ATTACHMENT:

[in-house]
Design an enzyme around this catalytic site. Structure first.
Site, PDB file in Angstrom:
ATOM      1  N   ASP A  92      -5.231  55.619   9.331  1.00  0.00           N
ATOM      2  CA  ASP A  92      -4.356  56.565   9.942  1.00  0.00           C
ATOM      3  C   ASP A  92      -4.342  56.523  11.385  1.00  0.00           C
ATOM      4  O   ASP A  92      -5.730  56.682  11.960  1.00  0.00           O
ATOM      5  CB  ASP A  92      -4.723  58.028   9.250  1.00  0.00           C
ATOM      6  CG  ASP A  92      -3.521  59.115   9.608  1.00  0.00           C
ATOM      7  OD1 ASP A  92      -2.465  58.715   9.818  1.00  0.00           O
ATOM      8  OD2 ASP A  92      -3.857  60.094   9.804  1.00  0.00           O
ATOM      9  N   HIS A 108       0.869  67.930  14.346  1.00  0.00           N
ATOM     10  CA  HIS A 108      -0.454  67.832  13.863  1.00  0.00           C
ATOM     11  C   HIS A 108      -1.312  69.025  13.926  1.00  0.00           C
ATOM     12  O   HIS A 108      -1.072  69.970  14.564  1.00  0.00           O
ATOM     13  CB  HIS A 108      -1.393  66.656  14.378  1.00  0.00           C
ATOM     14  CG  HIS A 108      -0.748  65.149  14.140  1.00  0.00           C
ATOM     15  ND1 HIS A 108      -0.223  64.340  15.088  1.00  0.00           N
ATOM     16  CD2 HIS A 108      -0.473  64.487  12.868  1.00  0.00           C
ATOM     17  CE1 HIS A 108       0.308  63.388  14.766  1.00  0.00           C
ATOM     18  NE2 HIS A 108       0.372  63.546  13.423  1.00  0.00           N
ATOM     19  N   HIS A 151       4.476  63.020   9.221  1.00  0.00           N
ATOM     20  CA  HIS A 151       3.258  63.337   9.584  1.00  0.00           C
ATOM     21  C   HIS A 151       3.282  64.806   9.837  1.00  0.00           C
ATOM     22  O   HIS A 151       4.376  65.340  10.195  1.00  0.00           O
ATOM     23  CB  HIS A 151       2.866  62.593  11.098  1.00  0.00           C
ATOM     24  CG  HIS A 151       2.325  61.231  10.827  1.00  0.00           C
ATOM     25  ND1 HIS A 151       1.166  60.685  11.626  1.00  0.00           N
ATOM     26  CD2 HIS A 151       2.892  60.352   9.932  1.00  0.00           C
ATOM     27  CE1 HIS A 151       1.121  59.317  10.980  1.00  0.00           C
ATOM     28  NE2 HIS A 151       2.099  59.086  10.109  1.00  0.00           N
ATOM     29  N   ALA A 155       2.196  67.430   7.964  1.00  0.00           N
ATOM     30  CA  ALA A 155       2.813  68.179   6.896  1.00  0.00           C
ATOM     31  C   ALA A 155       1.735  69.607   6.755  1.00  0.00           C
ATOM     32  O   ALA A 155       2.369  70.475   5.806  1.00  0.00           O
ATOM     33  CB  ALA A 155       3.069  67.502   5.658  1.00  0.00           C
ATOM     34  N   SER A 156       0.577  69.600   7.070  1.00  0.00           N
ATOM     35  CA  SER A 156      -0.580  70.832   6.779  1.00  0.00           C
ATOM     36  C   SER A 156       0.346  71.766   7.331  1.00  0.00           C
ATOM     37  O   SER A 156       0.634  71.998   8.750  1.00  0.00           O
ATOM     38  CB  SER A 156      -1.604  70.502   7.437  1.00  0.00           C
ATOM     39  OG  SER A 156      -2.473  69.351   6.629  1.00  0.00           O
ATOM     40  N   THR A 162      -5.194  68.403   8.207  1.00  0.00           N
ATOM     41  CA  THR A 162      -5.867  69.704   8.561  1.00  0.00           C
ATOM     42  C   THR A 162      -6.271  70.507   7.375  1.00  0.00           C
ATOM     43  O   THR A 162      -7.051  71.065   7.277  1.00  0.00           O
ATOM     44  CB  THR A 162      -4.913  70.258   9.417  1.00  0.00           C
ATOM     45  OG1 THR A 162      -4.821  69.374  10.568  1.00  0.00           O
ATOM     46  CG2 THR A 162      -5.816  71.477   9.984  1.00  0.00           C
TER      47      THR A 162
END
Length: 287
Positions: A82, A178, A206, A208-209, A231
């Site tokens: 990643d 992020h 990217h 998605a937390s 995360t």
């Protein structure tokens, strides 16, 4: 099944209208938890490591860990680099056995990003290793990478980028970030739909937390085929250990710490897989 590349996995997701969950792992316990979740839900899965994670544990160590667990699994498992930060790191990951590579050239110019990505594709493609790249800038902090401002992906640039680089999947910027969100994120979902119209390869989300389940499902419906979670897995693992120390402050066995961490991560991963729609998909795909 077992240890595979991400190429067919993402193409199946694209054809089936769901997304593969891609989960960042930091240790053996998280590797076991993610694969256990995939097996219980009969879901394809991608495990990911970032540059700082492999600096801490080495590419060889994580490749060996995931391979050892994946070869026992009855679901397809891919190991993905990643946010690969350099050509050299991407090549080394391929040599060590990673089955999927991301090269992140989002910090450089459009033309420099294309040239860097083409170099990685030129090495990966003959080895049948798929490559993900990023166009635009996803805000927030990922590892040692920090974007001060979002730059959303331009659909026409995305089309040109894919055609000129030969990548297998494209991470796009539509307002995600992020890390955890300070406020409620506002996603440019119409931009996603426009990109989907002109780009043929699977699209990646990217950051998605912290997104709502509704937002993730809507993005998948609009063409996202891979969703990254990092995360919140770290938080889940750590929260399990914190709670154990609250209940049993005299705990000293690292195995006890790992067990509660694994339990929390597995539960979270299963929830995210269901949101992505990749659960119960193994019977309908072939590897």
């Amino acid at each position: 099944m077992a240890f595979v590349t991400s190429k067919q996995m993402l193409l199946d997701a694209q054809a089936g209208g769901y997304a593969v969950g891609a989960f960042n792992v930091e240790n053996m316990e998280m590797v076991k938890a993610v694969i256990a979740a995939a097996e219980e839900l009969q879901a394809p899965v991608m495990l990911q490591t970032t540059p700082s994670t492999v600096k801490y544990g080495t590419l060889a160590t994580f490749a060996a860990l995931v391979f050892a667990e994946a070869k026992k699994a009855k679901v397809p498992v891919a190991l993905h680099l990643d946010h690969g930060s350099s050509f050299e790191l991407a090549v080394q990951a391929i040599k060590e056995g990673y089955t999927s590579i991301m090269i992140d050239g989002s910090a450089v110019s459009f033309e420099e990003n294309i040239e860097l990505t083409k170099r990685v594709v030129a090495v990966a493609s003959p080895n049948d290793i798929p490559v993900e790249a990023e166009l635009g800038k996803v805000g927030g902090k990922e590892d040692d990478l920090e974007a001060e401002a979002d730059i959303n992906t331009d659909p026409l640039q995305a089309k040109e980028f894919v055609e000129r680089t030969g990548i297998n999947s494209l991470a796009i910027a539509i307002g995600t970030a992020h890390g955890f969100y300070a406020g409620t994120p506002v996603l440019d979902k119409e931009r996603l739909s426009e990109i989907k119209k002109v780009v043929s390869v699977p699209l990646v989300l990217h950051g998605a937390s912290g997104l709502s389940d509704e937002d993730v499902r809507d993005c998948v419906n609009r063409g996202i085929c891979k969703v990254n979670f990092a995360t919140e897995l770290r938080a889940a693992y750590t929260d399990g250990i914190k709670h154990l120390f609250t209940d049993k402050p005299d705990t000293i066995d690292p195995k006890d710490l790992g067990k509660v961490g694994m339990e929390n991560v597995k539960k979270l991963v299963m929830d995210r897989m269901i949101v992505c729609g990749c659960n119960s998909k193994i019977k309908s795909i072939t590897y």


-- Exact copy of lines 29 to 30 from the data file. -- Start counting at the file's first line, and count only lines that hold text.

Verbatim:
ATOM     26  CD2 HIS A 151       2.892  60.352   9.932  1.00  0.00           C
ATOM     27  CE1 HIS A 151       1.121  59.317  10.980  1.00  0.00           C